The design elements do not presage much expectation: the Set (Esther Couch), a grey tiled floor and a paint washed wall focused with a bizarre detail of an Italianate portrait of the Catholic Virgin Mary with a flaming heart, that was/is familiar in every contemporary Australian/Irish Catholic school. (I had one exactly the same on my little altar in my bedroom as devotion – set beside a similar one of Christ.) A Russian Orthodox image could not be found? Or is it a post-modernist affliction- set up by the director? It is a lit focused gesture of attention throughout most of the first act and as the production wends on, simply becomes a gnawing pedantic, on my part, annoyance. The furniture is a mixture of miscellaneous, found, mid-twentieth century table and non-descript chairs and stool. It is accompanied by Russian Church choirs and bells and folk music (Stefan Gregory), even with the Katerina singing, triumphantly, a folk song in Russian. So where are we? The Costume design (Alia Parker) and the props looks as if they have been found in a reject St. Vincent’s donation bin; its wherefore or why lacks any real clarity. The poverty of design vision and care is dispiriting. What decisions have been made to serve the clarity of the story or the characters? I found not much. When is it, what time period? Oh, maybe in all of history, except the original period of the story (as there is no reference): more post-modernist leanings?!!! Truly poverty stricken in vision, or invention or budget? Which one? The Lighting by Verity Hampson is, as usual, of a suitable quality.
The acting elicited from this cast is mostly two dimensional and relentlessly repetitive. The two leading characters played by Alice Parkinson (Katerina) and Conrad Coleby (Sergei) have very little writing to support any real depth of characterisation. (It is present in the novella surely? - It is.) This Katerina comes across as a passive, still waters run deep, psychopath- nothing more. Sergei as a stupid victim of sex projection. It is fortunate that both of these actors are so comely in their appearance, as that is the principal sustaining reason to stay connected to the piece. The personal charisma of the actors, not those of the characters. It looks and feels like afternoon soap opera writing and casting and performing. As the rest of the cast play multiple roles and are similarly thin in the depth of their renditions this must be a deliberate decision by Mr Couch. (The resumes of these actors in the program suggest that they are experienced and oft employed professionals.) The puzzlement of Mr Couch’s intentions are highlighted by the off putting choice of the Virgin Mary print (as mentioned) and the touch of the Colombine spots of pink rouge on the cheek bones of Katerina in the first act. It is supported by full glamorous make up choices by Amy Kersey and Edwina Ritchard in the long stylized (lazily, by movement coach, Peter Furness), episodes of the long walk to Siberia in the second half of the production. Glamorous trip or, again, ironic post-modernism obfuscation? The point in the visual choices are.....?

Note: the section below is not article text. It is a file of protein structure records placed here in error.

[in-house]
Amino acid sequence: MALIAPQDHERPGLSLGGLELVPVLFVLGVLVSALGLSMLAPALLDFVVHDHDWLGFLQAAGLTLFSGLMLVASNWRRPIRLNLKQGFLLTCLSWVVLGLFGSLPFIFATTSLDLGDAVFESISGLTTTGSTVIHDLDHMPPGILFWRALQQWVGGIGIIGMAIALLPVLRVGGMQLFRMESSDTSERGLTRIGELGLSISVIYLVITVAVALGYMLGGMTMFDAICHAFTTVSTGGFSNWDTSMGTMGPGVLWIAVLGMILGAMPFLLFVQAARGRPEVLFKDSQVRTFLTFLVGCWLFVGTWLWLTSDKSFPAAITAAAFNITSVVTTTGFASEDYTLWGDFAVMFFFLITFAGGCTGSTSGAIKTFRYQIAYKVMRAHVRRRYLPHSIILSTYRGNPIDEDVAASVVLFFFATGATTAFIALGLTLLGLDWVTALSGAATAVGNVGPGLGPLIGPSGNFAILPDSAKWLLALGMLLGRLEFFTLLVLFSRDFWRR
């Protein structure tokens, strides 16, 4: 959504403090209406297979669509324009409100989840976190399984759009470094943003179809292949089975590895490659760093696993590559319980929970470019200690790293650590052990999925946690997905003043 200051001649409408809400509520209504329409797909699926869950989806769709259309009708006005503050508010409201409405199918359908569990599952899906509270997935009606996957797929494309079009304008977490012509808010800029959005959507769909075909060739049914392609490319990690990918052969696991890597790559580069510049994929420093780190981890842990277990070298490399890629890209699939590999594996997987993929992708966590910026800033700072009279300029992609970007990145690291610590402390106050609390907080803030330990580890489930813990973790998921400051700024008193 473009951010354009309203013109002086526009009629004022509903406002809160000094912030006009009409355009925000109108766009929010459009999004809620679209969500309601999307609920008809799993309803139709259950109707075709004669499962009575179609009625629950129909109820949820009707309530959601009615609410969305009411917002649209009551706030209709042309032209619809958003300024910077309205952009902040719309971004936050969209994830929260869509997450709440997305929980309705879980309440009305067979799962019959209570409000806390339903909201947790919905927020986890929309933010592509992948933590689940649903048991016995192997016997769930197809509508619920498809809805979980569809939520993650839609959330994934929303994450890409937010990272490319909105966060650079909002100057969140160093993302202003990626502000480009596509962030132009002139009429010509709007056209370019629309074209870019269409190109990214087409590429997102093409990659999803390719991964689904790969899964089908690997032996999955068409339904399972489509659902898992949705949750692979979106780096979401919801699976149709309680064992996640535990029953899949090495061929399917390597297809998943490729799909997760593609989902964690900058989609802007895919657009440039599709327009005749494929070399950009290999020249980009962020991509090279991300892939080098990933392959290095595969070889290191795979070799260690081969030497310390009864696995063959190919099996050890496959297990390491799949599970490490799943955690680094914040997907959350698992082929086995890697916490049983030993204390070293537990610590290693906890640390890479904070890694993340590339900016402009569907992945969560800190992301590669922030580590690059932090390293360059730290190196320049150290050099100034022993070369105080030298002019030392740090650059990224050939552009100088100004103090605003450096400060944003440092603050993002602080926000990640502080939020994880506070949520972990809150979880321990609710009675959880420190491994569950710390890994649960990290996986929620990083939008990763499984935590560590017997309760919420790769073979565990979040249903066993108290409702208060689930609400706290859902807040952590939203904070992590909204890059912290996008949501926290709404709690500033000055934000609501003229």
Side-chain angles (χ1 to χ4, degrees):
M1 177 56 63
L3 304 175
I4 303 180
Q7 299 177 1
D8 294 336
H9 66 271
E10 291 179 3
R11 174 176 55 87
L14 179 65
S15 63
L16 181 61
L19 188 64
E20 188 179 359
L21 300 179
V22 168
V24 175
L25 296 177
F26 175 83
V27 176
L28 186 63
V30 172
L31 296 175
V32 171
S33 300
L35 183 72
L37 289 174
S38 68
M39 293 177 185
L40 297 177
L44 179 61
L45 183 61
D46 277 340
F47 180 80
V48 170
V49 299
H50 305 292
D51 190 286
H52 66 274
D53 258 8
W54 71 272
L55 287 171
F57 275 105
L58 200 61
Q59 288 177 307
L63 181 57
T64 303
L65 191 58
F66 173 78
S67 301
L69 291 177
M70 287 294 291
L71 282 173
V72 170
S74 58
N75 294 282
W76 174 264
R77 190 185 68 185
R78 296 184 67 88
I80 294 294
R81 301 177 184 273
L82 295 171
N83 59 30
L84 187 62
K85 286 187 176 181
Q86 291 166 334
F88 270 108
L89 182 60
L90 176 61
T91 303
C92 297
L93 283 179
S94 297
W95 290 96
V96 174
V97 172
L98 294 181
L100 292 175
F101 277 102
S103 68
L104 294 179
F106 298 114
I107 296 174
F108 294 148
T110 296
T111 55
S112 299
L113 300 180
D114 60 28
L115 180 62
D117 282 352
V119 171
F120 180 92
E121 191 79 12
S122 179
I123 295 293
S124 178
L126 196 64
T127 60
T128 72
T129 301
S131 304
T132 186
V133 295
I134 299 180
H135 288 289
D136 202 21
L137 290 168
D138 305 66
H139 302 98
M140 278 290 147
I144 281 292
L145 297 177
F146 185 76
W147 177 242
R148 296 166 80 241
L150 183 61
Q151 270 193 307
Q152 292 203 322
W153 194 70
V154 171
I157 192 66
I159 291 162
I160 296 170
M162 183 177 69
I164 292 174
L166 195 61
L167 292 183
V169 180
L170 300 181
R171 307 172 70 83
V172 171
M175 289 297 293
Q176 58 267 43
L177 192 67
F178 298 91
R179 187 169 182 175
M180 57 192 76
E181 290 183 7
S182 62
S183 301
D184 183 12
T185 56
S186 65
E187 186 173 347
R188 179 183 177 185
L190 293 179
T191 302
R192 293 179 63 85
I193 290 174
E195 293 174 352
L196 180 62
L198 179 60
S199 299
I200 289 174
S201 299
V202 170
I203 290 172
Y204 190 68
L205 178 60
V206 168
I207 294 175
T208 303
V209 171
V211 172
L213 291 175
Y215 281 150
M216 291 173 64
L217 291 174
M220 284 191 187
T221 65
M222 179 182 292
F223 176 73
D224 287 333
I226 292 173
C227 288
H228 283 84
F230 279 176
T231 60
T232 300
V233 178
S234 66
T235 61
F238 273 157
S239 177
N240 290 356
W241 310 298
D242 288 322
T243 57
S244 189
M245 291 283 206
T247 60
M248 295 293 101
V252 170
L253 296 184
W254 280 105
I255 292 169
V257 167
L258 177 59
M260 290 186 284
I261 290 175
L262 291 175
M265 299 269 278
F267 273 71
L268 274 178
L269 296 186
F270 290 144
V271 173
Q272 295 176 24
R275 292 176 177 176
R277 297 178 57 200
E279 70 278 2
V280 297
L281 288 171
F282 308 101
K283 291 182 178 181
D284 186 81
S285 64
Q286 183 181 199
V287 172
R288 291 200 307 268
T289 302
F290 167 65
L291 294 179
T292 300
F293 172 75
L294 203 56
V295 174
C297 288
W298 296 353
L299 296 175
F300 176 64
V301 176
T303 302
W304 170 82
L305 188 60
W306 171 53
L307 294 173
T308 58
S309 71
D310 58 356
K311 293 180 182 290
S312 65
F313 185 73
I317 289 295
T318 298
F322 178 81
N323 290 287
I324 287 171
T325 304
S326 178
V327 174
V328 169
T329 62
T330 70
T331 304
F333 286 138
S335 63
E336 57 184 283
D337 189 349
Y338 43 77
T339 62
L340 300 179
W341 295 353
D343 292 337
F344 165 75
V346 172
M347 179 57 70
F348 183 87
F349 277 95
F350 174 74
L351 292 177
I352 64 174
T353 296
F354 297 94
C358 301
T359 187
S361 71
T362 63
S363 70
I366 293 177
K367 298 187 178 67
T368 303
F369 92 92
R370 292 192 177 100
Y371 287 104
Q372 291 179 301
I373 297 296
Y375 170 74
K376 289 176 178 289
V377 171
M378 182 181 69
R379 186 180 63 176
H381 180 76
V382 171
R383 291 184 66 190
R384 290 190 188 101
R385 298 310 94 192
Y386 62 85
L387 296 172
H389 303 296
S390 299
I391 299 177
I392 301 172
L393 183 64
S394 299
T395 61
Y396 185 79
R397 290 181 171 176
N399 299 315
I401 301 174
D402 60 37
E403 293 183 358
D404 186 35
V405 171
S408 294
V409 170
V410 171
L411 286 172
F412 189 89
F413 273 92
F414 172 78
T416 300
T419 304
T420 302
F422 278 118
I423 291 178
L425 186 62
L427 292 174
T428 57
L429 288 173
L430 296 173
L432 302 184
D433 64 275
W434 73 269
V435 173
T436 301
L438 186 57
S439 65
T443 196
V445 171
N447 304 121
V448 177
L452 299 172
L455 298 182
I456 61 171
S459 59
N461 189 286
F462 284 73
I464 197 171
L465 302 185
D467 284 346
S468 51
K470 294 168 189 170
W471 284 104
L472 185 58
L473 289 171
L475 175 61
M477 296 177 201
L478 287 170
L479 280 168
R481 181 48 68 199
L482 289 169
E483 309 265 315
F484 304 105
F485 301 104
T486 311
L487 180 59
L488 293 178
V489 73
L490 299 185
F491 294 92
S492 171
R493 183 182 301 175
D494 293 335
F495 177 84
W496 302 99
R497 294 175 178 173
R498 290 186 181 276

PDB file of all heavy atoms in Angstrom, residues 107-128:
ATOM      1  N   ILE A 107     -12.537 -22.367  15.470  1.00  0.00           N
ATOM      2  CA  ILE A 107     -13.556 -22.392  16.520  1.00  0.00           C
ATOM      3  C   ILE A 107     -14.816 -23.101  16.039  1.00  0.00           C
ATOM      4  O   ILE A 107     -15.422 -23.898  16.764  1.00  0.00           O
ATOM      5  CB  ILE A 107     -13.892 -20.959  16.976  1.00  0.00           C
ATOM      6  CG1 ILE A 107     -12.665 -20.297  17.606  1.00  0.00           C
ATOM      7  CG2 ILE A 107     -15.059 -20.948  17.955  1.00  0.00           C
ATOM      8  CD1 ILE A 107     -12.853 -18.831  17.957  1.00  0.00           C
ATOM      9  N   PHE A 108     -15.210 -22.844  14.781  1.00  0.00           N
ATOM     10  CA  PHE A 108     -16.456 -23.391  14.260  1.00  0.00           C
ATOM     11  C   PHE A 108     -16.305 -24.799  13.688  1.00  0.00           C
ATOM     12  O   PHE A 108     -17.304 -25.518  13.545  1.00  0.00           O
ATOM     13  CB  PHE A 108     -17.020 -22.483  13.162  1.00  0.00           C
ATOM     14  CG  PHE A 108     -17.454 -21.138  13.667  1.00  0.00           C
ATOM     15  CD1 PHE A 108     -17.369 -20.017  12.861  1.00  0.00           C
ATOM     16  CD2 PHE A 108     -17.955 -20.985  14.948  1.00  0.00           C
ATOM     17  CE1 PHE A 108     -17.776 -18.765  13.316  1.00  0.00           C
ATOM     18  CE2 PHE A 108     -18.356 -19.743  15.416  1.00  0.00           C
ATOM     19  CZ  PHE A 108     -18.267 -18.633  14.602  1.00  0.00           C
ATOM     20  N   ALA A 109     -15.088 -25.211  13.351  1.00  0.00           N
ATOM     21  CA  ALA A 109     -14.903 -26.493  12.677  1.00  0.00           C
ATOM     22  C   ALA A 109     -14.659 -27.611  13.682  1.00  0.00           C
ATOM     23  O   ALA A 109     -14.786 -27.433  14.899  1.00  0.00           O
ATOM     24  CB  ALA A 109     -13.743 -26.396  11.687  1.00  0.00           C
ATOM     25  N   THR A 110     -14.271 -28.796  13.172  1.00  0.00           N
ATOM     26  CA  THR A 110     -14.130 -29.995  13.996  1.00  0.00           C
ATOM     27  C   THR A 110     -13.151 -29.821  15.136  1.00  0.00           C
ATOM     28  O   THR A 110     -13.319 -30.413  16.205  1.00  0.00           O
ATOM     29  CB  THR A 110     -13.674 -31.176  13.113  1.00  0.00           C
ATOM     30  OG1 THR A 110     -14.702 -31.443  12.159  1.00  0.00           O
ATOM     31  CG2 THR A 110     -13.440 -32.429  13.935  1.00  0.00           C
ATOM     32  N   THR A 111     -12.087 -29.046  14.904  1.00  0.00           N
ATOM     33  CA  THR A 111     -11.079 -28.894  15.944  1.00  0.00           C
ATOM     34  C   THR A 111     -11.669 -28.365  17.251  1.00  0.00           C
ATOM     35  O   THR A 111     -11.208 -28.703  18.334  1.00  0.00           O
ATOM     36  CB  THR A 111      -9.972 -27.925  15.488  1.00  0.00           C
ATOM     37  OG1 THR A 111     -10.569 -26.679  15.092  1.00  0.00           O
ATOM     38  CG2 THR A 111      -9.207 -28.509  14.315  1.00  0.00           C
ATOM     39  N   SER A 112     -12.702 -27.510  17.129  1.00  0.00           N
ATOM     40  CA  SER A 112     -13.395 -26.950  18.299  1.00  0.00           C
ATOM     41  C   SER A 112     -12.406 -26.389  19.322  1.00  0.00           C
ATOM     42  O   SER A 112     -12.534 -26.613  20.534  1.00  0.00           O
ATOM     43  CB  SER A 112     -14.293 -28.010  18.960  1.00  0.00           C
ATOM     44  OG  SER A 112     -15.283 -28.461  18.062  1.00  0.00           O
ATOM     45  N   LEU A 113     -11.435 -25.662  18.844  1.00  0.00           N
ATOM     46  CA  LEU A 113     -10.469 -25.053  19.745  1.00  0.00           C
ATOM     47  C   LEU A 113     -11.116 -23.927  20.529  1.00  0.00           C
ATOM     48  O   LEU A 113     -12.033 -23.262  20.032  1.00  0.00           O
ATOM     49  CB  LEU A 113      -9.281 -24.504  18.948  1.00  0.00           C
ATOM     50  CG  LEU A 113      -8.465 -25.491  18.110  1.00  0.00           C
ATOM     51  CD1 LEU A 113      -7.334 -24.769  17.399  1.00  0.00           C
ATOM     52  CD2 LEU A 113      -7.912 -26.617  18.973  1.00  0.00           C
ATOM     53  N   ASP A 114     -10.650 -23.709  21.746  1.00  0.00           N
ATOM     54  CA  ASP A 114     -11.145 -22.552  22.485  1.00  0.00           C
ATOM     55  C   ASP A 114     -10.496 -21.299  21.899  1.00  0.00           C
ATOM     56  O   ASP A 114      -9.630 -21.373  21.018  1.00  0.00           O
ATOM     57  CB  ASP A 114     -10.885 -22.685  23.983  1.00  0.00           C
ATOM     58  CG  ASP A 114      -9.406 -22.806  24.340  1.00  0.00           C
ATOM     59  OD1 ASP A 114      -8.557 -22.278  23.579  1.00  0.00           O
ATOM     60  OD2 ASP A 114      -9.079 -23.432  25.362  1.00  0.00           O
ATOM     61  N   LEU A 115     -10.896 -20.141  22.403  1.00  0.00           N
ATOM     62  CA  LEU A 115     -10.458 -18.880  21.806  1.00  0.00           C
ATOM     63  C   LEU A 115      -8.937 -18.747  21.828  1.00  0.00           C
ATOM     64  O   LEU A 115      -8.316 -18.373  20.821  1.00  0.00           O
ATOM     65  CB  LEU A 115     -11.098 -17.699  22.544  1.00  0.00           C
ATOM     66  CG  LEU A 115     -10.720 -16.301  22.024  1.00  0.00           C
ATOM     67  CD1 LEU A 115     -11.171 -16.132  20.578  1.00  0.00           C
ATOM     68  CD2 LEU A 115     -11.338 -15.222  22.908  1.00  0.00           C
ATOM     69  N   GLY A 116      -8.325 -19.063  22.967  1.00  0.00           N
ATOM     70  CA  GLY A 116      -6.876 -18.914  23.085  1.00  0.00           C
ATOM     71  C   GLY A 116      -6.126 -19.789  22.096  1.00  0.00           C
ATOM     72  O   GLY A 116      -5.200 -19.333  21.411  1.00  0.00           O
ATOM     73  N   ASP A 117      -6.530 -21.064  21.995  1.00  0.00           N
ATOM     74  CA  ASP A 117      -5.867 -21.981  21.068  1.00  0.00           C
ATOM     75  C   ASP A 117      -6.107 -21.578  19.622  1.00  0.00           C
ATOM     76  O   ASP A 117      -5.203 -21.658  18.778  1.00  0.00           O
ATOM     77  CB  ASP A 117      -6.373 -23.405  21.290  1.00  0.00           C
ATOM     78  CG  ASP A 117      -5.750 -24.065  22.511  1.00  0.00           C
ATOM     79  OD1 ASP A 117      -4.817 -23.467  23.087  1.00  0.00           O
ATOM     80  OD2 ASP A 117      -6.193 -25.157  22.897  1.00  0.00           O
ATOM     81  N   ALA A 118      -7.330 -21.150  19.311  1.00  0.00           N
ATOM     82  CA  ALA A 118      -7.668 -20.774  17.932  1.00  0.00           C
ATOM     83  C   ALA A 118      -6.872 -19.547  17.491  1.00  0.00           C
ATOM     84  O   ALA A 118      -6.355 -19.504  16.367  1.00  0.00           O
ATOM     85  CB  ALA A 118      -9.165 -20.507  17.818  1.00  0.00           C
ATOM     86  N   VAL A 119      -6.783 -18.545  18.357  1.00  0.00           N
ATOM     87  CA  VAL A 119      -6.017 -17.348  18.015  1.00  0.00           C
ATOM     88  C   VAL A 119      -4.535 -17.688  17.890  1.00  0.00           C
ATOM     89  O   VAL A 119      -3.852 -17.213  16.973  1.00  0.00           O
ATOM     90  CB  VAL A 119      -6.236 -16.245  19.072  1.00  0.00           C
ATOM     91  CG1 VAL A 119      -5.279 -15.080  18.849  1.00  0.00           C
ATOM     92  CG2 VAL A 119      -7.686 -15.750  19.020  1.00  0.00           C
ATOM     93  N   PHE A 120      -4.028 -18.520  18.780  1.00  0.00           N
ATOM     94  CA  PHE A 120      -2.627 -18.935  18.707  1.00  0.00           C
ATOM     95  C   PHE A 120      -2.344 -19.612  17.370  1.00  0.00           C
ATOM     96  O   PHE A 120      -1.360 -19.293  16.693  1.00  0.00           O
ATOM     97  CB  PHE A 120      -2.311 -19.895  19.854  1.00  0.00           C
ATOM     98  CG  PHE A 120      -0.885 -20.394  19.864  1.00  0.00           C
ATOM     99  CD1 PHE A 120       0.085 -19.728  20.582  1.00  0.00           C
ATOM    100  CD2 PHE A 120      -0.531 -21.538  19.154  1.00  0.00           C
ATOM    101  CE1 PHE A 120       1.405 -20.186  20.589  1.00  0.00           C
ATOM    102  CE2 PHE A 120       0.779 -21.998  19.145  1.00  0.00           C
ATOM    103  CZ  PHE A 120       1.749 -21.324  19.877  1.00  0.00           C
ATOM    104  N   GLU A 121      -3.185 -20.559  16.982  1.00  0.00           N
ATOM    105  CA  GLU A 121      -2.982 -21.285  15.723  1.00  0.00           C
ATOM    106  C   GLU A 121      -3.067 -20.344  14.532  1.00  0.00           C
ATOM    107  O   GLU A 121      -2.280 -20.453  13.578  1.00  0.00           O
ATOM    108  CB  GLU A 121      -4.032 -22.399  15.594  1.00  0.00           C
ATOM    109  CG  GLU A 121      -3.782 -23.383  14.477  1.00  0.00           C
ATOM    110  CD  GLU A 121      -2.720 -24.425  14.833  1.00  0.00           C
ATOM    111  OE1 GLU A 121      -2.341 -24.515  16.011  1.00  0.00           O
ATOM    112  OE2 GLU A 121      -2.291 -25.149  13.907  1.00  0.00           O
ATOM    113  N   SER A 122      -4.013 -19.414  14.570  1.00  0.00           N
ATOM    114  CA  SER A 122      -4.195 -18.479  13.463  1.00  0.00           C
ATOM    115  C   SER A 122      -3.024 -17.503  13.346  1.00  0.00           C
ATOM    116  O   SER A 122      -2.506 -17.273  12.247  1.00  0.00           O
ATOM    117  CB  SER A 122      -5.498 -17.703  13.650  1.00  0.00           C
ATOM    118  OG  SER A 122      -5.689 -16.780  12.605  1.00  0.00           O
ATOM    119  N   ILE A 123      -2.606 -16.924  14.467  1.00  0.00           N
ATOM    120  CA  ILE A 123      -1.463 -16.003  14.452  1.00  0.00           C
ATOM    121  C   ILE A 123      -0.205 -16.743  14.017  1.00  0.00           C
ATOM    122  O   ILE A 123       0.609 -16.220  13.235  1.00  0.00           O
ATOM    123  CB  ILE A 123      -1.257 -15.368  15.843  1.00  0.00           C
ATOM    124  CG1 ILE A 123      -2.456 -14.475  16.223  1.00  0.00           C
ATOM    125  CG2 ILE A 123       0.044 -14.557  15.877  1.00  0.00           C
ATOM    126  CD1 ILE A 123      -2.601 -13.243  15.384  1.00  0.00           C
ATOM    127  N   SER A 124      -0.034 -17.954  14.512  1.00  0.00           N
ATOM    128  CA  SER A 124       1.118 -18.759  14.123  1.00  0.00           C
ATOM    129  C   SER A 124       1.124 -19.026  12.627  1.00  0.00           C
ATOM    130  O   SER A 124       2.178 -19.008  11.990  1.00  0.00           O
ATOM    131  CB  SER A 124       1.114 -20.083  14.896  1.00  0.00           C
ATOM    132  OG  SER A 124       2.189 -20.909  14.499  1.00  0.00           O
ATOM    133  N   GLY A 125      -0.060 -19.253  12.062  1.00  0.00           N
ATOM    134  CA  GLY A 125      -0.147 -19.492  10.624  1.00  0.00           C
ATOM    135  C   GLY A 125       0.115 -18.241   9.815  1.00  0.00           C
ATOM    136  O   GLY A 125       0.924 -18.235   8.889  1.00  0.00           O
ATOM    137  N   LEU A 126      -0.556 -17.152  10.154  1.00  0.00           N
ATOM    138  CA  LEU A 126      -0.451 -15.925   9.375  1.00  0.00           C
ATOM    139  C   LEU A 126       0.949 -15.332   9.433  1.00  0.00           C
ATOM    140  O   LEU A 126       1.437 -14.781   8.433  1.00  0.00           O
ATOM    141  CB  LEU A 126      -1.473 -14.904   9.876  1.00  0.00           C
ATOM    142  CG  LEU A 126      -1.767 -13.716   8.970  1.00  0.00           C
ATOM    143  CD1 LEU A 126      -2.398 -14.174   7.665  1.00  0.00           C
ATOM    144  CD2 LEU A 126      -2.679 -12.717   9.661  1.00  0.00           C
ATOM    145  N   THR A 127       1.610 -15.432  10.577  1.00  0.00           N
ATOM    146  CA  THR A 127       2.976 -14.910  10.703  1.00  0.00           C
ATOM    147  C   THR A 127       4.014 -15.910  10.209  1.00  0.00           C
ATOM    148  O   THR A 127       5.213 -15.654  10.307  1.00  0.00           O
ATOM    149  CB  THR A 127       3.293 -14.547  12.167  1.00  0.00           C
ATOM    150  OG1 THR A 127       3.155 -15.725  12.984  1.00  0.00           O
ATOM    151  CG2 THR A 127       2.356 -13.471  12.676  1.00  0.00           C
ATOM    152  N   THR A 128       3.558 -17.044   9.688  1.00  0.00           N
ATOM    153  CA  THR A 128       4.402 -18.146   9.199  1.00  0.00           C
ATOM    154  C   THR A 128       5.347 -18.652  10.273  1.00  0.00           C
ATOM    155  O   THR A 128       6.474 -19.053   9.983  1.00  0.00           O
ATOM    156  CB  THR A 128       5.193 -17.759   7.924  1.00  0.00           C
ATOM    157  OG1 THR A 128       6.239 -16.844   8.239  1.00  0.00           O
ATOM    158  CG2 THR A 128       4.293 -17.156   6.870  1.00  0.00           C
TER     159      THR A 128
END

If you like story telling at the level of Charles and Mary Lamb and their delightful and harmless renditions of Shakespeare’s plays, even the horrid ones, then this adaptation and staging of LADY MACBETH OF MTSENSK is for you. The reduction of the fierceness of this story and its psychological investigation by this company is Disney like at it’s most careless and disrespectful. The modern relevant, confronting contemporary theatre version you can catch at the Australian Opera in a few seasons time, perhaps. When it comes back to the repertory.
Playing now until 26th July.
For more information or to book click here.